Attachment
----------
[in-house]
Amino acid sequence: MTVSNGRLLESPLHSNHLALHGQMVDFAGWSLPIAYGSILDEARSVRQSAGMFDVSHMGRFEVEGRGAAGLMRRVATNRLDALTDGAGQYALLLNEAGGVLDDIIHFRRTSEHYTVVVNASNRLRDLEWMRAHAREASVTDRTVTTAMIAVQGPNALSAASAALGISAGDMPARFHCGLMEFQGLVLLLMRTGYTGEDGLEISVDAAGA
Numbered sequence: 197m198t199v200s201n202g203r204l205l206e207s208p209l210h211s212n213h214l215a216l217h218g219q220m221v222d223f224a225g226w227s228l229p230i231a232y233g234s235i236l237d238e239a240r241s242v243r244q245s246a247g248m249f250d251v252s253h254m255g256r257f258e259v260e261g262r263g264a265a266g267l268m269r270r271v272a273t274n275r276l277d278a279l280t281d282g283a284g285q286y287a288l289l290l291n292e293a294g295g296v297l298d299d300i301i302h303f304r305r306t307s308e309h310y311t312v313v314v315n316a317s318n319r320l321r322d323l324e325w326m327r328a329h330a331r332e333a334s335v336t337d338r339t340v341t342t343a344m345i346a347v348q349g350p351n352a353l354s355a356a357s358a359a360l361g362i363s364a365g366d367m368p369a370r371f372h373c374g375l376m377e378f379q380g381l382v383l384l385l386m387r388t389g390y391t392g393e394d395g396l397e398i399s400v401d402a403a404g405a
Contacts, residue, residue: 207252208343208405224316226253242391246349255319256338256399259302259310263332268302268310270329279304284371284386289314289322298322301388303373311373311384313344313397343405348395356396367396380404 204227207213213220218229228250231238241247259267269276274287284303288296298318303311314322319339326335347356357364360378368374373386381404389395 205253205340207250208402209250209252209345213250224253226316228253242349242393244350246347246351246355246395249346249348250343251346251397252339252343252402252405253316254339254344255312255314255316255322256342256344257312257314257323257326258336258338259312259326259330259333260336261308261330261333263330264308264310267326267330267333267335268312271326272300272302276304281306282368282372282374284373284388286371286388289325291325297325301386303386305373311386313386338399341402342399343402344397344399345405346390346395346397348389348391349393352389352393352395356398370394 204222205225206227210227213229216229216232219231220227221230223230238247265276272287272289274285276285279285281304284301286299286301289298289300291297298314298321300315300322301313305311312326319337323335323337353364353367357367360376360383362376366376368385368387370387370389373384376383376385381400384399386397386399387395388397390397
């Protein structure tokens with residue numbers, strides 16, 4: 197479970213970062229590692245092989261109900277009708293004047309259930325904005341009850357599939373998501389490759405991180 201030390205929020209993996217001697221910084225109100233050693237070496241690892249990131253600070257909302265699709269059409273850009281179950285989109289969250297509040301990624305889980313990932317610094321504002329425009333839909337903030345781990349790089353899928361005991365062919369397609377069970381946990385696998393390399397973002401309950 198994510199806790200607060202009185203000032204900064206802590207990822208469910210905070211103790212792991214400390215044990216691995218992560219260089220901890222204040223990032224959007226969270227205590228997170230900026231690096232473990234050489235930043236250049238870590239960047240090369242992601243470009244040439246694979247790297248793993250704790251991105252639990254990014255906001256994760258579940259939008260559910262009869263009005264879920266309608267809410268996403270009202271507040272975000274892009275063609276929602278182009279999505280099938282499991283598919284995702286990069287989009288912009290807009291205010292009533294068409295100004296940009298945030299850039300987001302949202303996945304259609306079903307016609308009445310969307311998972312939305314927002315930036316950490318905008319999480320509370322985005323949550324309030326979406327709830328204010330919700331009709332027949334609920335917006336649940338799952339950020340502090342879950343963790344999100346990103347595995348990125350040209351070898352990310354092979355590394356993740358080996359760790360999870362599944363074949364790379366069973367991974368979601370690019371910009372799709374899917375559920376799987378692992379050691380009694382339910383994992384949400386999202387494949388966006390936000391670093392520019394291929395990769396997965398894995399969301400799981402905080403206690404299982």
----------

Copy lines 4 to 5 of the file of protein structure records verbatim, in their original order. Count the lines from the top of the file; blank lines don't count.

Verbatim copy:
Contacts, residue, residue: 207252208343208405224316226253242391246349255319256338256399259302259310263332268302268310270329279304284371284386289314289322298322301388303373311373311384313344313397343405348395356396367396380404 204227207213213220218229228250231238241247259267269276274287284303288296298318303311314322319339326335347356357364360378368374373386381404389395 205253205340207250208402209250209252209345213250224253226316228253242349242393244350246347246351246355246395249346249348250343251346251397252339252343252402252405253316254339254344255312255314255316255322256342256344257312257314257323257326258336258338259312259326259330259333260336261308261330261333263330264308264310267326267330267333267335268312271326272300272302276304281306282368282372282374284373284388286371286388289325291325297325301386303386305373311386313386338399341402342399343402344397344399345405346390346395346397348389348391349393352389352393352395356398370394 204222205225206227210227213229216229216232219231220227221230223230238247265276272287272289274285276285279285281304284301286299286301289298289300291297298314298321300315300322301313305311312326319337323335323337353364353367357367360376360383362376366376368385368387370387370389373384376383376385381400384399386397386399387395388397390397
């Protein structure tokens with residue numbers, strides 16, 4: 197479970213970062229590692245092989261109900277009708293004047309259930325904005341009850357599939373998501389490759405991180 201030390205929020209993996217001697221910084225109100233050693237070496241690892249990131253600070257909302265699709269059409273850009281179950285989109289969250297509040301990624305889980313990932317610094321504002329425009333839909337903030345781990349790089353899928361005991365062919369397609377069970381946990385696998393390399397973002401309950 198994510199806790200607060202009185203000032204900064206802590207990822208469910210905070211103790212792991214400390215044990216691995218992560219260089220901890222204040223990032224959007226969270227205590228997170230900026231690096232473990234050489235930043236250049238870590239960047240090369242992601243470009244040439246694979247790297248793993250704790251991105252639990254990014255906001256994760258579940259939008260559910262009869263009005264879920266309608267809410268996403270009202271507040272975000274892009275063609276929602278182009279999505280099938282499991283598919284995702286990069287989009288912009290807009291205010292009533294068409295100004296940009298945030299850039300987001302949202303996945304259609306079903307016609308009445310969307311998972312939305314927002315930036316950490318905008319999480320509370322985005323949550324309030326979406327709830328204010330919700331009709332027949334609920335917006336649940338799952339950020340502090342879950343963790344999100346990103347595995348990125350040209351070898352990310354092979355590394356993740358080996359760790360999870362599944363074949364790379366069973367991974368979601370690019371910009372799709374899917375559920376799987378692992379050691380009694382339910383994992384949400386999202387494949388966006390936000391670093392520019394291929395990769396997965398894995399969301400799981402905080403206690404299982």